• Activate your brain – do things you enjoy such as reading, cooking, learning a new craft, or mindfulness exercises.
  • Structure your day and make plans for what you can control. Keep to your normal routine as much as possible – set your alarm, eat at regular meal times and go to bed as usual.
  • Reach out for help if you are struggling.
  • Have a back-up plan in case somebody you normally rely on or look after needs to self-isolate.
  • Should you need someone to talk to you can contact the One Reading Community Hub on 0808 189 4325. They can help you access emotional as well as practical support.
  • Although it’s good to feel you’re in touch with the world, limit how much time you spend listening to the news and stick to reliable sources. There is a lot of misinformation circulating about coronavirus. You can check facts here:  
Physical symptoms of stress and anxiety

The physical symptoms of stress and anxiety can be more distressing during isolation. It is quite common to experience short-lived physical symptoms when your mood is low or anxious. Symptoms can include:

  • faster, irregular or more noticeable heartbeat
  • feeling lightheaded and dizzy
  • headaches
  • chest pains or loss of appetite

It can be difficult to know what is causing these symptoms, and the best way to manage them. Many people find that trying to concentrate on something else can be helpful. There are good quality tips and advice online from the NHS.  

Local Mental Health Support

Compass Recovery College offers a range of courses that aim to promote good mental health and improve personal wellbeing. You don’t need a diagnosis or a referral and you can still sign up as a new student during this time. A member of the team will call back to chat about your personal situation and goals, and how Compass can help. Call 07739 823140 or email 

Berkshire West Your Way offers individually tailored one-to-one and peer support to help people deal with the personal and practical impacts of mental health issues. Call 0118 9660240 or email 

Talking Therapies is a NHS service that offers support if you’re coping with challenges such as depression, stress, anxiety or phobias. Call 0300 365 2000 or email 

Depression Xpression is a depression and anxiety peer support group. Email or phone 07852 732194.

No5 provides free, confidential counselling and support to children and young people aged 11-25. Call 0118 901 5668 or email   

Children and Adolescent Mental Health Services (CAHMS) works with young people who are experiencing significant, severe and complex difficulties with their mental health. If you have urgent/significant concerns about your child’s mental health call 0300 365 1234 (8am to 8pm, Mon-Fri excluding Bank Holidays). Outside of these hours, please contact the Crisis Team on 0300 365 9999.


Although sticking to the advice is essential in the current crisis, staying at home with limited human contact can have a significant impact on our mental wellbeing – and in particular – feelings of loneliness. Loneliness can affect people of all ages, particularly if they are quarantined at home.

MIND has lots of advice on mental wellbeing, and hosts an online support community. It also has details of local groups offering people alternative ways of staying in touch while people can’t meet in person.

Engage Befriending is a local charity which links people who are isolated with a befriending volunteer. Normally, they support older people, but they recognise that some younger people may need help to combat loneliness at this time. Call 01189 567 000 and press option 2.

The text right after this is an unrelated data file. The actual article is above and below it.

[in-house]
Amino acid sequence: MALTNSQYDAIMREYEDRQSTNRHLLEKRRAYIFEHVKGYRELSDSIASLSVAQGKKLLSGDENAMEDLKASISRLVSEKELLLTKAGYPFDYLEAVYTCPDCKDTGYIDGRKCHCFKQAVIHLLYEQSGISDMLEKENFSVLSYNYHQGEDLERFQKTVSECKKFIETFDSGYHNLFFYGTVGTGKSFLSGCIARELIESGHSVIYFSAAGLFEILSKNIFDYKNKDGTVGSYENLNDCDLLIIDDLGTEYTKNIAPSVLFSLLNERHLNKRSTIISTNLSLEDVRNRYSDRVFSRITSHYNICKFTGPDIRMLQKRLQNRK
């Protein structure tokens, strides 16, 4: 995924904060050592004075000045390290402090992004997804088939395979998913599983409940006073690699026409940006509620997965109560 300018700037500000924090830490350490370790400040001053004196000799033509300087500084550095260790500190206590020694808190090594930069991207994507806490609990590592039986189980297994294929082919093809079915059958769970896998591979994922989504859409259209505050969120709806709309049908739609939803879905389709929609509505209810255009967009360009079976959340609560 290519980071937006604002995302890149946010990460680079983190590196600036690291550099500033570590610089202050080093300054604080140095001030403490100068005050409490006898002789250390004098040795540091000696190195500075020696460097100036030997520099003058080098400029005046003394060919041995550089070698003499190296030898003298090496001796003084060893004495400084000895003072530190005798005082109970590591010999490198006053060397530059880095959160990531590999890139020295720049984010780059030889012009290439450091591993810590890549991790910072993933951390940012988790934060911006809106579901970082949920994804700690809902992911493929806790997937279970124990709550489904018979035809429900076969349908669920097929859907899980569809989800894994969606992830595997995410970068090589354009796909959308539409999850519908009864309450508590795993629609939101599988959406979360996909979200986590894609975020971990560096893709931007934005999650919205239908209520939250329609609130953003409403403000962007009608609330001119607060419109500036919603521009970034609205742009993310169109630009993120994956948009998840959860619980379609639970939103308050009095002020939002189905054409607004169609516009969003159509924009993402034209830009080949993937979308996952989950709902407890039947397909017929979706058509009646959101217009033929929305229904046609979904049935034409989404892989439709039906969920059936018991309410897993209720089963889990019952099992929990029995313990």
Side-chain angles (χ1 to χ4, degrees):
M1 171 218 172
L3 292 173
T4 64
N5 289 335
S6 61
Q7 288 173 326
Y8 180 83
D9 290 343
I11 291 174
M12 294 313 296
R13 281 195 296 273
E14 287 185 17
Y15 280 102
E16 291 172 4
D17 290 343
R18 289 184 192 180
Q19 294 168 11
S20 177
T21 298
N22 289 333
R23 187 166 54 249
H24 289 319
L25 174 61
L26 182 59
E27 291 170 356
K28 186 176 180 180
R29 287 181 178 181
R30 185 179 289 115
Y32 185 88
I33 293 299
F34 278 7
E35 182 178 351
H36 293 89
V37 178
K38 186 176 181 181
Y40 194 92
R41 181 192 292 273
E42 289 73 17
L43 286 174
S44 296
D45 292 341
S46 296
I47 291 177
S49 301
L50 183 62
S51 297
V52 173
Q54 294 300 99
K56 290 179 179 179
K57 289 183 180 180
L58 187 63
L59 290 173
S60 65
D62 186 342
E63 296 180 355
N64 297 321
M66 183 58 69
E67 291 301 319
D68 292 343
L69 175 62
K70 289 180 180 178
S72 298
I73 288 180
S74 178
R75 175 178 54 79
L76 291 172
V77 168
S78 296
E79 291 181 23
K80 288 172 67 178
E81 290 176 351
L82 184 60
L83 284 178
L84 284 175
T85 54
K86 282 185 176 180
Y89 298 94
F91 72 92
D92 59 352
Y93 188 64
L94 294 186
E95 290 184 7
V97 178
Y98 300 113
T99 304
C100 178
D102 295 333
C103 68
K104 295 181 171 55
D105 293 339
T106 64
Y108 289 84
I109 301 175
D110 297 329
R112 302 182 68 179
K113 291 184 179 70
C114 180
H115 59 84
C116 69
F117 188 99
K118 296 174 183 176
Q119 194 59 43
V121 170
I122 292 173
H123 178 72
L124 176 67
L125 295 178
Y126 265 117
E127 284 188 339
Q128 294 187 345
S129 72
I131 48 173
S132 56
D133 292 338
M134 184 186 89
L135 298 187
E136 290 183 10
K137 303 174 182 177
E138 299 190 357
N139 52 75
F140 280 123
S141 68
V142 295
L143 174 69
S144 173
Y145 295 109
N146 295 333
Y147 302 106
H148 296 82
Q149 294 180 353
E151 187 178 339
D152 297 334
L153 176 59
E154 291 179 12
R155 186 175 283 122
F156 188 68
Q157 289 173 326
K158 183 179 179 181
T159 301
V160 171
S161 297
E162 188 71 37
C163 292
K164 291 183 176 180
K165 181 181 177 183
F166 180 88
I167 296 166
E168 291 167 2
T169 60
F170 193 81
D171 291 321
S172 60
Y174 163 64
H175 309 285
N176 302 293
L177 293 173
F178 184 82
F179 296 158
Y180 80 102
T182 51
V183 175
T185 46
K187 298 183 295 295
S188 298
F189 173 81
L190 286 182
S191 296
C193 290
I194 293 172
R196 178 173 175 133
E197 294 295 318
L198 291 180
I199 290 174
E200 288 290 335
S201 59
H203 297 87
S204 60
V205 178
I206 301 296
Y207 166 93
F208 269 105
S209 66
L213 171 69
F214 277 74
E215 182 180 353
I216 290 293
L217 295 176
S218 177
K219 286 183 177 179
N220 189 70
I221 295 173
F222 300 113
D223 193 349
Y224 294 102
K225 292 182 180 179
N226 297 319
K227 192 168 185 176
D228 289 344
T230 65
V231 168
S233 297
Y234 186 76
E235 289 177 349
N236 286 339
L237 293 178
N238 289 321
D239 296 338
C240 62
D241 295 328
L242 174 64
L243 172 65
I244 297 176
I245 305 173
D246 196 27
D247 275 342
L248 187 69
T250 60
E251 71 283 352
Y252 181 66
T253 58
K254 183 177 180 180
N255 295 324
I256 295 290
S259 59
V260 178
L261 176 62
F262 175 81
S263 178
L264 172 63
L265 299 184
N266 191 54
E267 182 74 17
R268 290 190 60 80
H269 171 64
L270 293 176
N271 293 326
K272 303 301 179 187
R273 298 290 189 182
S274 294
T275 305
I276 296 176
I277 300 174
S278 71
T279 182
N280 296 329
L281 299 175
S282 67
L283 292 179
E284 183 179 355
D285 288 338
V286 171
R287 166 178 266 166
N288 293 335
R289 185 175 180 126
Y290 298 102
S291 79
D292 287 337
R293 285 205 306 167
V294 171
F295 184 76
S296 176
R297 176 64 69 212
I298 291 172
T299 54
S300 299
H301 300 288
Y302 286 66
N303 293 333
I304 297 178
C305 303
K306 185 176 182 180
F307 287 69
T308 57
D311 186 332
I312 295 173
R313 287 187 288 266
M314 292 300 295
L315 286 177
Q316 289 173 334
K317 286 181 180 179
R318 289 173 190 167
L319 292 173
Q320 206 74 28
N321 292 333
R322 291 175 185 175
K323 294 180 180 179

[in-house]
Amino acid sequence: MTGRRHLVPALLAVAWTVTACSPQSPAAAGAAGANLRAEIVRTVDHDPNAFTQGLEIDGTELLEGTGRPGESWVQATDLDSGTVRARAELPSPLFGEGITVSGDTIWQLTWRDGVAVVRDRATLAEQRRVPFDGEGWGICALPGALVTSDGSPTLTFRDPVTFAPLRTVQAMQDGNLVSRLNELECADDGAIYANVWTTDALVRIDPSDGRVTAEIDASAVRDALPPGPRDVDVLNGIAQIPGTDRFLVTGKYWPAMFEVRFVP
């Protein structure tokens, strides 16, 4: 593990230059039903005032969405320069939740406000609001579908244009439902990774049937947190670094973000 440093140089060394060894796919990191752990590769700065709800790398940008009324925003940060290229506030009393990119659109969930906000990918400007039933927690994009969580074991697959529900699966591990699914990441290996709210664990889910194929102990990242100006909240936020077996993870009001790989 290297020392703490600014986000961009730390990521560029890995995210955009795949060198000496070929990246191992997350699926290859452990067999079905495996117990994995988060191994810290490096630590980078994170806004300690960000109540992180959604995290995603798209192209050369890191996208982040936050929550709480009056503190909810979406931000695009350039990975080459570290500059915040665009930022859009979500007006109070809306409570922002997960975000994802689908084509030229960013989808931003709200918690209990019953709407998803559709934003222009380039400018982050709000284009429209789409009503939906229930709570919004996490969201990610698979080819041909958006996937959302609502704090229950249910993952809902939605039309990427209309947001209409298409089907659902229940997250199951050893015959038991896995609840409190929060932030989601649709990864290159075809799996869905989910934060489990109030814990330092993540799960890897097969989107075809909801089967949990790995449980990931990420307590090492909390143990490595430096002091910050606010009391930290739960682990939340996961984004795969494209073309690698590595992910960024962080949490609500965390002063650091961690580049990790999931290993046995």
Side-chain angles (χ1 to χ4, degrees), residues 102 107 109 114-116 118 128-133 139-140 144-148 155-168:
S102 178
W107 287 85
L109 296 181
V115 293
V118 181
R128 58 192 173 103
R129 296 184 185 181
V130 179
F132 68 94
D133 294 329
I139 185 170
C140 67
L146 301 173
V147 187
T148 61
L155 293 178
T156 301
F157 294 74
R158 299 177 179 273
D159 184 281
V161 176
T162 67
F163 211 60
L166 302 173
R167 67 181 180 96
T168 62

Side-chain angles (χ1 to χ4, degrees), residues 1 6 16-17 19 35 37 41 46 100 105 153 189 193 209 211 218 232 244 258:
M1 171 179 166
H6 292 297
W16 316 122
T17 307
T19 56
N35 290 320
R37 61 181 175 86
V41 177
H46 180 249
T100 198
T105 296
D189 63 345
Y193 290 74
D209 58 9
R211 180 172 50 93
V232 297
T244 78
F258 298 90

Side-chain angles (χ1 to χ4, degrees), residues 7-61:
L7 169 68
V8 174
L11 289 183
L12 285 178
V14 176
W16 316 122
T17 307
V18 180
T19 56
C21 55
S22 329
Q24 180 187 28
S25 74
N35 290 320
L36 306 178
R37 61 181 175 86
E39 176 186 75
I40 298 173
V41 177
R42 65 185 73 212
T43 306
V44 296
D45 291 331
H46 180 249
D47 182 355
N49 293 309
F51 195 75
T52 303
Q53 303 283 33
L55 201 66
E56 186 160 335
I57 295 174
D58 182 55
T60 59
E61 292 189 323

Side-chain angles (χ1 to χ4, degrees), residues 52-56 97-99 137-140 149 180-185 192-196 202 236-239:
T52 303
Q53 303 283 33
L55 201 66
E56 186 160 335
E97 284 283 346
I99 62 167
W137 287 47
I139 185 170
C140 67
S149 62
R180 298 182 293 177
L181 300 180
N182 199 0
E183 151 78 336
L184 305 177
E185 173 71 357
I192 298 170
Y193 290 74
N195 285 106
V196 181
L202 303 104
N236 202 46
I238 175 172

The Campaign to End Loneliness has tips on keeping in touch, particularly for older people.

Age UK has a free confidential advice line on 0800 678 1602. For local support visit or call 0118 959 4242, and or call 0118 950 2480

The Samaritans provide confidential listening support to help anyone work through what’s on their mind if they are feeling low. Call 116 123 or email at any time of the day or night. 

Sunrise Senior Living have produced a simple guide to using Skype so you can stay in touch with others.

Healthy eating

The Eatwell Guide from the NHS has useful information on achieving a healthy balanced diet. The website includes lots of recipes and food tips.  

Change4Life, the government service aimed at helping families be healthier and happier, has lots of quick and easy family meals and meal planning ideas. 


Staying active is more important than ever, both for your physical and mental health, but it can be hard to do as much as you would like. If you’re fit and well, and showing no symptoms of coronavirus, you can go outside for exercise, such as a run, walk or cycle – alone, with members of your household or with one other person not from your household (preschool children can also accompany you and don’t count towards the one person limit). You must follow social distancing guidelines to help protect yourselves and those most at risk – so stay at least 2m (6ft) away from others.

How do I stay active in and around the home?

To stay fit and healthy, it is recommended that you get at least 150 minutes of moderate physical activity a week, or around 20 to 30 minutes a day. Plus, you should aim to do strengthening and balance exercises at least 2 days a week. There are still plenty of ways you can build movement and exercise into your day when you are at home.

You may not be able to go your favourite classes, but the Reading Sport and Leisure team have lots of videos online, including classes with their own coaches. There are activities for everyone, including people with long-term conditions, and it’s all free to access: 

Get Berkshire Active has created an Active at Home website with a range of activities to suit all ages and abilities.

One You from the NHS has a good selection of home workout videos. 

Sport England’s Stay in work out portal has a great selection of online fitness options.

Workouts for kids

For people with a disability

We Are Undefeatable has covid-19 advice specifically for people living with long-term health conditions, as well as advice about getting active at home.